Tax issues with sharing a gift of land from my brother with siblings
Questions & Answers: Dominic Coyle
The value of a gift will be determined by its worth when you receive it, not when you sell it
My brother is putting a small piece of land in the names of my five siblings and me. I don’t know how much it is worth but, for easy calculation, I would guess €60,000 would be the max and therefore he would be gifting us each €10,000, which is well short of the €30,000 a brother can give to a sibling. I wouldn’t expect to receive any other gift from him.
So going on your reply a few weeks ago, I feel that I wouldn’t have to notify Revenue of this gift yet as I haven’t reached 80 per cent of the €30,000 but when my brother is putting it into my name would they expect it to be valued so that I can be sure of that or is it okay that it only becomes an issue if we ever decide to sell the land?
Ms B.O’C., email
Well, you’re certainly correct that you won’t need to contact Revenue as the likely value of the land is nowhere near 80 per cent of the Category B threshold which applies to gifts and inheritances between siblings. As you say, that threshold currently stands at €30,150 – a figure that has not changed since the end of 2012 when it was reduced to that level.
There is some pressure to increase the inheritance and gift tax threshold so you should keep an eye on that in next month’s budget.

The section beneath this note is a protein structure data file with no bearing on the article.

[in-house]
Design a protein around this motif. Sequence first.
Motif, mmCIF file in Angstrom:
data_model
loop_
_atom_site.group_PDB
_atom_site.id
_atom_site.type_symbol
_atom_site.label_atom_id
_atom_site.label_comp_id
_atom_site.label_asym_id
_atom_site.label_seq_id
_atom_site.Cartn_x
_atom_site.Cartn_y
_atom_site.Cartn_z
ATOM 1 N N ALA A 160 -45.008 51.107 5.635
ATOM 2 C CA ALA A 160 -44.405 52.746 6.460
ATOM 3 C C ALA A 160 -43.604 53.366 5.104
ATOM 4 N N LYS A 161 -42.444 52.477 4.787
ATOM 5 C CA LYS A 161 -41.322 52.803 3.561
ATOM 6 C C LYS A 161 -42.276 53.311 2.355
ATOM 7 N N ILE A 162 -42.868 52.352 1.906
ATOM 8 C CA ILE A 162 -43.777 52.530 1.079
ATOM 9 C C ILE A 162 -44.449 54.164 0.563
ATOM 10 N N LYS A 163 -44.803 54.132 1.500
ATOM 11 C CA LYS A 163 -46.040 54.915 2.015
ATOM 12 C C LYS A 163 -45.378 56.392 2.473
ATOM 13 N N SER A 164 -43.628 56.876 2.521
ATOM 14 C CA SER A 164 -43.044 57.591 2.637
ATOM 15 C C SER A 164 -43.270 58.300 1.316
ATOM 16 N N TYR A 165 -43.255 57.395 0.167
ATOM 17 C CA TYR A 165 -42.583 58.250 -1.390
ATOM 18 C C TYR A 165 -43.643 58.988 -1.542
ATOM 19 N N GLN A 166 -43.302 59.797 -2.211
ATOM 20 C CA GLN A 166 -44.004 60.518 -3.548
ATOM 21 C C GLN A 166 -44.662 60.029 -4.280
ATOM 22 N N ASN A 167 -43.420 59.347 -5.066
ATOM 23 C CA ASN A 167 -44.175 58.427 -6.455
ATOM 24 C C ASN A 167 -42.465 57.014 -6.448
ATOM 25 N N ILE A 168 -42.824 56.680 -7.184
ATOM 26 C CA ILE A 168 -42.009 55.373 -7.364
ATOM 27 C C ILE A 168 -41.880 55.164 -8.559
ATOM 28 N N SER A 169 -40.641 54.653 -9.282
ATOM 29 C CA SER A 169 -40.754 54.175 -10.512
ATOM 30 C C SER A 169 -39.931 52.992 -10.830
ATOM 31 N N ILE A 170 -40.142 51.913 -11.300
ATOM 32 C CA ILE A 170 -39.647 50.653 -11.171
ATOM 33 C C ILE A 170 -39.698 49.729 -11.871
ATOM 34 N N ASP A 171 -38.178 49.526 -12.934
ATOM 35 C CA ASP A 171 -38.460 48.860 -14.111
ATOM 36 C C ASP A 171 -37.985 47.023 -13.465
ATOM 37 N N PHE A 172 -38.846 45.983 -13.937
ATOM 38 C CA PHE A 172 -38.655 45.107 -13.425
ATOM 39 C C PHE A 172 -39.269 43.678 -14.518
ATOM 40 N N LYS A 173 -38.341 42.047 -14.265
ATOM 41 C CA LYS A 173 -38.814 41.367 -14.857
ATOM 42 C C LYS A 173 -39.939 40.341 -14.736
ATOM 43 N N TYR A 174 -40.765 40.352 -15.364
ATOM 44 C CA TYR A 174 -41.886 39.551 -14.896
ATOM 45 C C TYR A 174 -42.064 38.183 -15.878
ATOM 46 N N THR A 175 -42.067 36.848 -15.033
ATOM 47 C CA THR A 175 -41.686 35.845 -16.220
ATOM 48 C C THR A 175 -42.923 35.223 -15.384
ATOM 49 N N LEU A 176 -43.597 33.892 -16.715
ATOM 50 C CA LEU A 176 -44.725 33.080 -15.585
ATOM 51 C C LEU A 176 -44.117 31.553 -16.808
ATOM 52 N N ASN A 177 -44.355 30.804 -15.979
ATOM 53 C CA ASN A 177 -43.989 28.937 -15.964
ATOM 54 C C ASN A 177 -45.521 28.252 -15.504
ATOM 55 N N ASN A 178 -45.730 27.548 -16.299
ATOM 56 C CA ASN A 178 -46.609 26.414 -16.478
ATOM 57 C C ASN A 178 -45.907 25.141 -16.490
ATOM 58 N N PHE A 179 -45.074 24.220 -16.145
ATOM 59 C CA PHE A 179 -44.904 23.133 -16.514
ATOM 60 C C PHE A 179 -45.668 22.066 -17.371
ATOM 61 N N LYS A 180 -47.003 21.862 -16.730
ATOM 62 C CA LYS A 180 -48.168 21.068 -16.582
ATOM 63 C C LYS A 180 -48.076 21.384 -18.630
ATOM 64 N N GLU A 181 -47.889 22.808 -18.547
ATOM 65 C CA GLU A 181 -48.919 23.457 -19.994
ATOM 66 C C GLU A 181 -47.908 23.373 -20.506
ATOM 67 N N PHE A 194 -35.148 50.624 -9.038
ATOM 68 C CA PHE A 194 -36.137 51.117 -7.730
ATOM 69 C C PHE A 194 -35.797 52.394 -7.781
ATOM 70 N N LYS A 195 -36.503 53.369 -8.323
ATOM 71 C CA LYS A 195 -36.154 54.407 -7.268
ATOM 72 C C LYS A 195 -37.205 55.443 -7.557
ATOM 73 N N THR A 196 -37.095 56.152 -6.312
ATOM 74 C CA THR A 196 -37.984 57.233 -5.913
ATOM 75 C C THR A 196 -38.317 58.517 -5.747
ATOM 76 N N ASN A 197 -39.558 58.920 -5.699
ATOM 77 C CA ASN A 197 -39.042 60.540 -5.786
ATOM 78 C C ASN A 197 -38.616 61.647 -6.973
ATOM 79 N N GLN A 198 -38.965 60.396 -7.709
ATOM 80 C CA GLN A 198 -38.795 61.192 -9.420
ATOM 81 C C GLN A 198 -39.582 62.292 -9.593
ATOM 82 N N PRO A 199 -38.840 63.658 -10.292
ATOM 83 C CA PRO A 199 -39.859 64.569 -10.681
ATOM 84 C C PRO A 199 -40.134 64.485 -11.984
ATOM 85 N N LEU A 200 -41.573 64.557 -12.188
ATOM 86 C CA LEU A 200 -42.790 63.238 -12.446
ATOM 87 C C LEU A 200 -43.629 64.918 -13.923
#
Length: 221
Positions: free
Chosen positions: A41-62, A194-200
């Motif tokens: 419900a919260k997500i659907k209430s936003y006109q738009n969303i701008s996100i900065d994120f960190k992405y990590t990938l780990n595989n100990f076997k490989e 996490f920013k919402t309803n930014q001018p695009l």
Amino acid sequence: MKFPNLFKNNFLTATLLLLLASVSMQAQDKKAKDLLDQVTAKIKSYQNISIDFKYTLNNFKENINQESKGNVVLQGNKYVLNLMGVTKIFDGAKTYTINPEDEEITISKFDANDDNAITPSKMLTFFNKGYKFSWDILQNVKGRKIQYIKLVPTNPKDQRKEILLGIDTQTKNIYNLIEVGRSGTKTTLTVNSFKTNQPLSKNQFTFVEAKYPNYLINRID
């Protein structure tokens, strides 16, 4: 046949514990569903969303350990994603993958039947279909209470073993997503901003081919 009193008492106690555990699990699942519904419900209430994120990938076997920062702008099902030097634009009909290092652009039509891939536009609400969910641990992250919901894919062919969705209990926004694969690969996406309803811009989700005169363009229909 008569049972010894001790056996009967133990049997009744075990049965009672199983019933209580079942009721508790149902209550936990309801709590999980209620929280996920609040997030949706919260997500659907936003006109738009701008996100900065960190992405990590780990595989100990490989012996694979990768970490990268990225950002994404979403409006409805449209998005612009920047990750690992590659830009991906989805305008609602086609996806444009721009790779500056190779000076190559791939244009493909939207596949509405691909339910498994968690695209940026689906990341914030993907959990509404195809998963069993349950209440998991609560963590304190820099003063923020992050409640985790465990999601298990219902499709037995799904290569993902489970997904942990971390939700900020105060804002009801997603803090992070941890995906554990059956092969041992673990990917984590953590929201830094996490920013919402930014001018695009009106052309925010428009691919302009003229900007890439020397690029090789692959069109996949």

I would certainly advise your brother to get a proper valuation on the land in question – possibly, for fairness, to be paid for by the six of you equally. The value of the gift will be determined by its worth when you receive it not when you sell it. At that later stage any selling price is relevant in the context of a separate tax, capital gains tax on the gain you make between the time it is put into your name and the time it is sold.
Your portion of the value of the land on receipt will be set against a lifetime capital acquisition tax limit on gifts and inheritances from all siblings and other “linear relations” such as aunts, uncles and grandparents, so the €30,150 does not relate solely to what you receive from this brother.
Assuming it is worth €10,000 to you, remember that the first €3,000 counts under the small gift exemption, so only €7,000 has to be carried forward against your lifetime CAT Category B threshold.
Please send your queries to Dominic Coyle, Q&A, The Irish Times, 24-28 Tara Street, Dublin 2, or email email@example.com. This column is a reader service and is not intended to replace professional advice